Encephalitis Cases

  I met Chris, my now husband, in Bali, in 2003. Corny, even then, it was a kind of love at first sight. Chris, originally from the USA, was an extremely confident, assertive, productive man, in possession of himself, and a wicked, intelligent wit. As a woman approaching 40, I too knew who I was, but was completely blind-sighted by this attraction, that would have me leave my native Canada to live with him in Bali. Within a year, things would not be the same. His personality started to erode, slowly at first. He began to change, and neither of us understood why.

In 2004 Chris was rushed to Bumrungrad hospital in Bangkok, with what seemed like a severe case of Dengue (mosquito-borne virus). "How would you describe the pain, on a scale of 1-10," the doctor asked. When he said 10, he was treated like a weak cry-baby, or worse, a drug addict looking for an easy score.

We were told by his doctor that the terrifying psychotic episode he experienced, right at the time of his discharge, was normal of dengue. I worried, but suspended disbelief. Having no experience with tropical disease, I believed what this Bumrungrad "5-star hospital" doctor told me, in spite of the fact that I could find nothing in my online research that linked this kind of behaviour with dengue.

Later that year we bought a home together in Canada. What should have been a joyous time was wrought with difficulties. Chris was severely depressed, and negative about everything. I suspected this may have had some-thing to do with the weather, the lack of light during the long, dark winter months, maybe some kind of culture shock. He was so unable to cope I finally sent him to a psychiatrist, who suggested, as this was the first time in his life that he'd ever felt depressed, that he must be miserable in our relationship. His doctor, with the best of intentions, prescribed a chemical cocktail of anti-depressants and pain killers, which only exacerbated his feelings of uncertainty and failure.

Three years, and many arguments, anxieties, and resent-ments later, Chris had a seizure in a restaurant during a business trip in Bangkok. We ended up back at that same Bumrungrad hospital. After much digging on my part, we finally got the right diagnosis. Chris did not have dengue three years earlier, but encephalitis.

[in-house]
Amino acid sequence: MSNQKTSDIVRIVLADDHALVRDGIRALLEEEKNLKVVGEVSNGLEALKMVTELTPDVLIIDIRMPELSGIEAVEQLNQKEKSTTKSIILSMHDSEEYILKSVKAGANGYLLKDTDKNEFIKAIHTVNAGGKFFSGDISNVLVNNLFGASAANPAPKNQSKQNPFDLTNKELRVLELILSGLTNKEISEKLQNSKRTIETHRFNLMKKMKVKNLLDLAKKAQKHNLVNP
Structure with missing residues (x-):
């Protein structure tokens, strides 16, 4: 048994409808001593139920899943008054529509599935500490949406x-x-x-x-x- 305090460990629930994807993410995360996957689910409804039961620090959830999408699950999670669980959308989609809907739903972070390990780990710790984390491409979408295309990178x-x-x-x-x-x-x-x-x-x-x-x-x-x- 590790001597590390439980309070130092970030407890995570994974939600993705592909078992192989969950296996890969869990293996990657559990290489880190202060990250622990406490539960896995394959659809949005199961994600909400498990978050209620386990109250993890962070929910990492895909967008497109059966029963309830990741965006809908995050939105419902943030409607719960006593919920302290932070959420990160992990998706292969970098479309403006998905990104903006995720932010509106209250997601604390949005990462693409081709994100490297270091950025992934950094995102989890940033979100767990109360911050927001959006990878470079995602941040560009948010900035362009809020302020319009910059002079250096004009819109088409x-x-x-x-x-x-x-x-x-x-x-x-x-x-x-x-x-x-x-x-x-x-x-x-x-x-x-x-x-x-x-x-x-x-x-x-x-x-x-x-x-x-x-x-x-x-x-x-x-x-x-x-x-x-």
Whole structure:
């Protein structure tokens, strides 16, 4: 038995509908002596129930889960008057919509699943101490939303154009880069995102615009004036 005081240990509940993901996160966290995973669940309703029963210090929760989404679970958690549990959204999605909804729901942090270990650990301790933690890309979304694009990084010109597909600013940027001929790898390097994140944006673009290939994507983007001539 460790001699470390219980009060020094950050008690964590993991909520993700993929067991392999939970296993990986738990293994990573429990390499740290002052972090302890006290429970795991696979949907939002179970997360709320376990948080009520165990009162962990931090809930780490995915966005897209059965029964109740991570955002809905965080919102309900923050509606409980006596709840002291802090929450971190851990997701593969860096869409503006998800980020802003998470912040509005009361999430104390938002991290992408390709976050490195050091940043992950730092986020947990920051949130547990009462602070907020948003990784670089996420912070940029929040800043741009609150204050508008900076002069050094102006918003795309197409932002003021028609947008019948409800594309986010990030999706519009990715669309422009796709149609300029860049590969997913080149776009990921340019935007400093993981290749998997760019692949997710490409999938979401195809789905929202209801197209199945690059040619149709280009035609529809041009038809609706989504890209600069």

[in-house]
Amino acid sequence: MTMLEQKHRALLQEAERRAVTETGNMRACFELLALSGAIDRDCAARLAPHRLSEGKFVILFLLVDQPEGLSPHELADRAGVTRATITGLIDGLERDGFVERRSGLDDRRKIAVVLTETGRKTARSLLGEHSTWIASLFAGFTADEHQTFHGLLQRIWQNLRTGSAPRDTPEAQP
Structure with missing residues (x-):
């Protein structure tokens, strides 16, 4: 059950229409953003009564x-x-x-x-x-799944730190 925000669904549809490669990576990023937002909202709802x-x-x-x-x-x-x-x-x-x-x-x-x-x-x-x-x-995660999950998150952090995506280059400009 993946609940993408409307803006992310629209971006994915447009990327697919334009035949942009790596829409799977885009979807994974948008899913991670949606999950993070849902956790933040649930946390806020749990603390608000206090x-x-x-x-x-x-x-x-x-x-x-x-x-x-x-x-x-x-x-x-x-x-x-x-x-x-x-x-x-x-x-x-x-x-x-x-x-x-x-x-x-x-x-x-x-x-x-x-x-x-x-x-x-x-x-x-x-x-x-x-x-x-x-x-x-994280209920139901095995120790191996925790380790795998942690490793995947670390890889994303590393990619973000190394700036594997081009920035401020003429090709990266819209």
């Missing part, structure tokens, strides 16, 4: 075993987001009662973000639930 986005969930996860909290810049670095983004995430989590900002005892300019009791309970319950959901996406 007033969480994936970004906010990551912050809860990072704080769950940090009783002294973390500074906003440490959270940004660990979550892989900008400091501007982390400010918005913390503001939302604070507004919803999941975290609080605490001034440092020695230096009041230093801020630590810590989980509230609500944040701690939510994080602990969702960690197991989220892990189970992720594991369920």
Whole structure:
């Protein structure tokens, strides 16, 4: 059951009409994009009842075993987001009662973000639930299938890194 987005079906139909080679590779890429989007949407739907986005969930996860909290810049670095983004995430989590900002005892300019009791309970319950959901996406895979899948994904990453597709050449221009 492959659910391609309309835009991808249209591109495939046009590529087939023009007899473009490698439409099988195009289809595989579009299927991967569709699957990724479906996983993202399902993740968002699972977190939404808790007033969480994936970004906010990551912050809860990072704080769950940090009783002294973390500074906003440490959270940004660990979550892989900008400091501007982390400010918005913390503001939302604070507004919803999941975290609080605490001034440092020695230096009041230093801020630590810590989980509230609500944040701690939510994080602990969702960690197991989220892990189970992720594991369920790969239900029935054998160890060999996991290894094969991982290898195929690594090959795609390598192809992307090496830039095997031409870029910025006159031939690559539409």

It has been almost a year now since we have discovered the root of his difficulties and personality changes. That right diagnosis has eased some of the tensions, both personal and in our relationship, but we now struggle, as a couple, to figure out how to move forward from blame and resentment. Chris, I believe, especially from what I have read here, got lucky. But the wrong diagnosis has left us with many battle scars. He continues to combat fear, confusion, and panic toward what most of us would find the most benign of situations. Still, four years later, most days are not easy, or predictable. For either one of us.

Encephalitis happens to the entire family.

I write this in the hopes that anyone in this situation will listen to their intuition. If a diagnosis doesn't feel right, please keep searching. Your loved one is dependent on you.

I don't know how this will end, but I am happy to report that Chris is improving. Slowly, he is finding himself again, rediscovering and accepting himself, this new self, which may be permanent. And together we are finding the humor in all of this. Laughing, in my estimation, always wins out over crying..

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Posted: May 1, 2009
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